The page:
Families here, on Mainland, hope for good news
Paul Burns, a sailor from Norfolk, Va., arrived on Kaua'i yesterday afternoon for the Saturday marriage of his sister, Kristina McNeese, to Danny Arroyo.
"We were going to have a wedding," Burns, 24, said last night at the Kaua'i Beach Hotel. "Now we're going to have a funeral."
McNeese, 22, who was seven months pregnant, and Arroyo, were among the missing from Kaua'i's flash flood along Wailapa Stream.
"I spoke with her Friday and she told me to bring a raincoat," Burns said last night. "When I arrived I was greeted by a hospice agency, not my sister, and that's not a good sight."
Burns had given photos of McNeese to the Coast Guard, police and other rescue workers who were searching for the missing.
Meanwhile, Bruce Fehring called the family of Wayne Rotstein yesterday with the news that their son and free-spirited brother had also disappeared on Kaua'i's North Shore amid a flash flood of mud, rock and debris.
Fehring, a real estate agent and principal broker on Kaua'i, and his wife, Cyndee, did not respond to several telephone messages yesterday. A man who answered Fehring's cell phone said he did not want to talk to reporters.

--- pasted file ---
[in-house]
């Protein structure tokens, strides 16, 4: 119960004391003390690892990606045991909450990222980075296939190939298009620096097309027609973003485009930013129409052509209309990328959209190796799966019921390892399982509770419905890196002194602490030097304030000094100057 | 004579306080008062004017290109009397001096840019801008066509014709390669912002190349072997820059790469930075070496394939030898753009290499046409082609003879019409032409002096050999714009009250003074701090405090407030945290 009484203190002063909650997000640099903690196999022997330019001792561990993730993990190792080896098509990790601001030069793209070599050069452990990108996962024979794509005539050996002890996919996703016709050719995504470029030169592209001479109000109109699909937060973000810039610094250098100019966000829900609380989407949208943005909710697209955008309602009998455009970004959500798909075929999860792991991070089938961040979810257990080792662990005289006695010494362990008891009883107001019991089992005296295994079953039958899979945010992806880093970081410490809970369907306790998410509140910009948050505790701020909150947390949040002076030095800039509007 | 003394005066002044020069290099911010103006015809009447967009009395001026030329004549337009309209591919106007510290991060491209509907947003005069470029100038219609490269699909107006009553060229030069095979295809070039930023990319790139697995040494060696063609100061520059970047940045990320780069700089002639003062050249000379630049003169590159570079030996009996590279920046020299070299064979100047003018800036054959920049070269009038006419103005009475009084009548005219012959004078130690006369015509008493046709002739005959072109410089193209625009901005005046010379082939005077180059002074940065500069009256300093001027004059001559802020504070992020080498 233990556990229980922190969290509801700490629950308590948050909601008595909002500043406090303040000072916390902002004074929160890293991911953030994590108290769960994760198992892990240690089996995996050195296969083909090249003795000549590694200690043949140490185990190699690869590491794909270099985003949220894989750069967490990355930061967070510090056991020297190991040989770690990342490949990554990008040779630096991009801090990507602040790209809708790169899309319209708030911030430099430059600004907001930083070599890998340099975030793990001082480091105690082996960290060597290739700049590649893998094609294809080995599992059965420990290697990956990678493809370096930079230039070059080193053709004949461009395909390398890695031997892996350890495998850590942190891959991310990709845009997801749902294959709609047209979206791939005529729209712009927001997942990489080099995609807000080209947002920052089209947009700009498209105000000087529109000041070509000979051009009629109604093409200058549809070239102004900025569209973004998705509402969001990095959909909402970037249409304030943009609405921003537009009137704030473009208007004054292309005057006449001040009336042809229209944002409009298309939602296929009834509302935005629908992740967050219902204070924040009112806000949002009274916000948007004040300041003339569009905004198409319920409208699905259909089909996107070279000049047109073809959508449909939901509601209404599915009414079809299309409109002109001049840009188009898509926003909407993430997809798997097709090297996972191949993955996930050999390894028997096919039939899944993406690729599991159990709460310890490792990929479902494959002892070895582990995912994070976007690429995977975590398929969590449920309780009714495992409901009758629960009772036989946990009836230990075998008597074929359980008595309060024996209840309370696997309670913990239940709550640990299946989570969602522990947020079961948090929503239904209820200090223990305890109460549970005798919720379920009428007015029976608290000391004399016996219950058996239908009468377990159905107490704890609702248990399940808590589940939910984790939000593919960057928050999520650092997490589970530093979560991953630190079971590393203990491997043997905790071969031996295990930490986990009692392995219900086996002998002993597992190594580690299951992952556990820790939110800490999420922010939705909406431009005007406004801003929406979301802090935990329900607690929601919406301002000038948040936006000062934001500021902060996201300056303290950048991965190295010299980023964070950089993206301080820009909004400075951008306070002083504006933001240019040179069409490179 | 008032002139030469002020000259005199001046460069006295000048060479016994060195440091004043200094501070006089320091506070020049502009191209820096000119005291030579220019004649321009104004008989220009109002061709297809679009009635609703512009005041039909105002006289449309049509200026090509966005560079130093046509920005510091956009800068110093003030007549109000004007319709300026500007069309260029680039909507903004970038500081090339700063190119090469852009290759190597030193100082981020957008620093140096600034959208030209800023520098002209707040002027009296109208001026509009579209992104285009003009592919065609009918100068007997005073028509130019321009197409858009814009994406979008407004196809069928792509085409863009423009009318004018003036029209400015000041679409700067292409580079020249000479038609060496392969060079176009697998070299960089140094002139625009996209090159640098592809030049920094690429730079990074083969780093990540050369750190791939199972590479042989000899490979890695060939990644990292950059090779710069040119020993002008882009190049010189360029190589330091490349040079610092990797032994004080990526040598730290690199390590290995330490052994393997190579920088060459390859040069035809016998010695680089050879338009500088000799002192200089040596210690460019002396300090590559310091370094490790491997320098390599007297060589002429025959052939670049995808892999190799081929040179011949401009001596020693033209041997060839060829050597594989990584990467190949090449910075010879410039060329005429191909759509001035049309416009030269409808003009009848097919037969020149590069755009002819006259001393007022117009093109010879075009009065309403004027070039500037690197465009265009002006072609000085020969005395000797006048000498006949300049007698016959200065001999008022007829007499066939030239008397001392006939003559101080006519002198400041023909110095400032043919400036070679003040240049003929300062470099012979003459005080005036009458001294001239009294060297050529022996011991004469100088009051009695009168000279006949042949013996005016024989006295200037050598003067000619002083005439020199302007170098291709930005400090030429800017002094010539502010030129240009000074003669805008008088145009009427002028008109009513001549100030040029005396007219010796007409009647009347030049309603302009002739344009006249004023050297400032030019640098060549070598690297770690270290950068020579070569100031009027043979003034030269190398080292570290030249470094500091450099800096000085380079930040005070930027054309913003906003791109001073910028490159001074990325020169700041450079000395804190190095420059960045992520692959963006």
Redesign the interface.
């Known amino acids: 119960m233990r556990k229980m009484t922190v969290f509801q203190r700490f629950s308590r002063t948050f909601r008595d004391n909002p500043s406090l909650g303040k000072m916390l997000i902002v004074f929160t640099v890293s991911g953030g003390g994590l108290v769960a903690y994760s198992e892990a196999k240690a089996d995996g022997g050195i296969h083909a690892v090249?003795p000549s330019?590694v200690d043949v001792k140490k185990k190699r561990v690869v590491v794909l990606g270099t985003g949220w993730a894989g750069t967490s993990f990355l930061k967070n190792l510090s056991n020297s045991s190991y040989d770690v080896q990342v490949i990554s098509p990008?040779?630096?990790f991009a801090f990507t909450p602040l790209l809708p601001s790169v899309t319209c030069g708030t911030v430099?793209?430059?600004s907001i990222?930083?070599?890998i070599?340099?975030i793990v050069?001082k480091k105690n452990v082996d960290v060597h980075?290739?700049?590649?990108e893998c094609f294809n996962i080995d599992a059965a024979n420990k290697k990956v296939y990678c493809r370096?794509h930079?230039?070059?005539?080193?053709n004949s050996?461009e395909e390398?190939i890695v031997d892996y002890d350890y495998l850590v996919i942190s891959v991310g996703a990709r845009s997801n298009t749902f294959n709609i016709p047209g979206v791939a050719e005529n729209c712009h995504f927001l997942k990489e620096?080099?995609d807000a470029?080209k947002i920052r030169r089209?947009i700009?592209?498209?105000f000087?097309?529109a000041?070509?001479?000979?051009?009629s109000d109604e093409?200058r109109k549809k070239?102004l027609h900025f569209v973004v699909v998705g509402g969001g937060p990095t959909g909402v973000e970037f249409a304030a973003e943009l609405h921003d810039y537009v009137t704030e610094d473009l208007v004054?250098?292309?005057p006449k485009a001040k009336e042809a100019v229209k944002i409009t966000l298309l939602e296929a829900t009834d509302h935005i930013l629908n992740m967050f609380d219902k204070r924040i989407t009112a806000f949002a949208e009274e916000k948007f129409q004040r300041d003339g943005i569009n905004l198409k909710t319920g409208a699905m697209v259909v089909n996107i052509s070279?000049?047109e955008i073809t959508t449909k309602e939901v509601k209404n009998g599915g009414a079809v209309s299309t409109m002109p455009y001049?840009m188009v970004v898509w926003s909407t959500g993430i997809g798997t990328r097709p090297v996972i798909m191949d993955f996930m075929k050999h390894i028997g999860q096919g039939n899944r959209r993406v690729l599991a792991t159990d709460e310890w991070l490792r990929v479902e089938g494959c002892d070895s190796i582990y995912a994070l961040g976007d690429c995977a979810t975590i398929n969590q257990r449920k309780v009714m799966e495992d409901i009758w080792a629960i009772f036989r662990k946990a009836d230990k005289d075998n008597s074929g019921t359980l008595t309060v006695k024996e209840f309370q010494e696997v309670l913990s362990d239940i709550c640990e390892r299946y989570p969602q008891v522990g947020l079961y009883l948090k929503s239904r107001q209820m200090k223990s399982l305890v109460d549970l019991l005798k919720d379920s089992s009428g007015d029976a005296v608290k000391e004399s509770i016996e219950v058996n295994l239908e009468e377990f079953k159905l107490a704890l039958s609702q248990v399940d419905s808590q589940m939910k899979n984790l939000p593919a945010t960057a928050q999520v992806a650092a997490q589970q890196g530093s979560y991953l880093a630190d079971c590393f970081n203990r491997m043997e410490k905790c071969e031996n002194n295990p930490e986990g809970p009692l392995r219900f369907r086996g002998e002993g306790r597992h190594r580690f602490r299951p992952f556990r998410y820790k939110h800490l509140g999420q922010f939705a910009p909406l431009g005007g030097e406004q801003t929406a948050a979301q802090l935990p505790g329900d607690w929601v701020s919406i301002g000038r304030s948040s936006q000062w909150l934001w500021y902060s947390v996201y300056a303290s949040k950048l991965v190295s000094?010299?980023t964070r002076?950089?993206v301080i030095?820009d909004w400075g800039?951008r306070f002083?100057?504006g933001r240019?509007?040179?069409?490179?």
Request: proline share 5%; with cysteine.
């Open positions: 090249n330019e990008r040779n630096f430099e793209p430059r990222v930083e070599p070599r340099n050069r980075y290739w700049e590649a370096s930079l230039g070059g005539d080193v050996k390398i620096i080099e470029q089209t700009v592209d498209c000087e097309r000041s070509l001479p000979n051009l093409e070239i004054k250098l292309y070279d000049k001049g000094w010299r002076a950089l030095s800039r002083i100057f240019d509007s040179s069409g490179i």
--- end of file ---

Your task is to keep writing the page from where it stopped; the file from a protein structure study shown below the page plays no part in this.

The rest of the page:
Karen Ono, executive officer of the Kaua'i Board of Realtors, said the real estate community was in shock. Yesterday, she sent an e-mail to members asking for their prayers for those missing in the flood that followed the collapse of the Kaloko Reservoir yesterday morning.
"Bruce Fehring and his wife are praying that nine of his family members (seven children, one grandchild and a son-in-law) will be found," the e-mail said.
Wayne Rotstein, 49, worked on Fehring's property as a maintenance man and landscaper, said his brother, Gary Rotstein. It was home to Fehring's daughter, son-in-law and grandson, he said.
About six years ago, Wayne Rotstein moved from Las Vegas to Hawai'i where he found a good match for his laid-back lifestyle.
"He's always lived a very simple, alternative, counter-culture kind of life," Gary Rotstein said. "He loves nature, he loves the outdoors, has no interest in anything material ... He was living this beautiful basic lifestyle in a very scenic setting. He was a very contented guy."
Gary Rotstein, a news reporter with the Pittsburgh Post-Gazette in Pennsylvania, tried yesterday without luck to get information about his brother from county officials. They didn't even have him listed as a person missing from the flash flood, he said.
Now Wayne Rotstein's family of four brothers and sisters, and his mother in Pittsburgh and father in Las Vegas, would like to hear from Fehring again — saying that Wayne is all right.
"I guess," his mother, Marguerite Rotstein, said, "all we can do is wait until we hear some news."Advertiser staff writer Christie Wilson contributed to this report.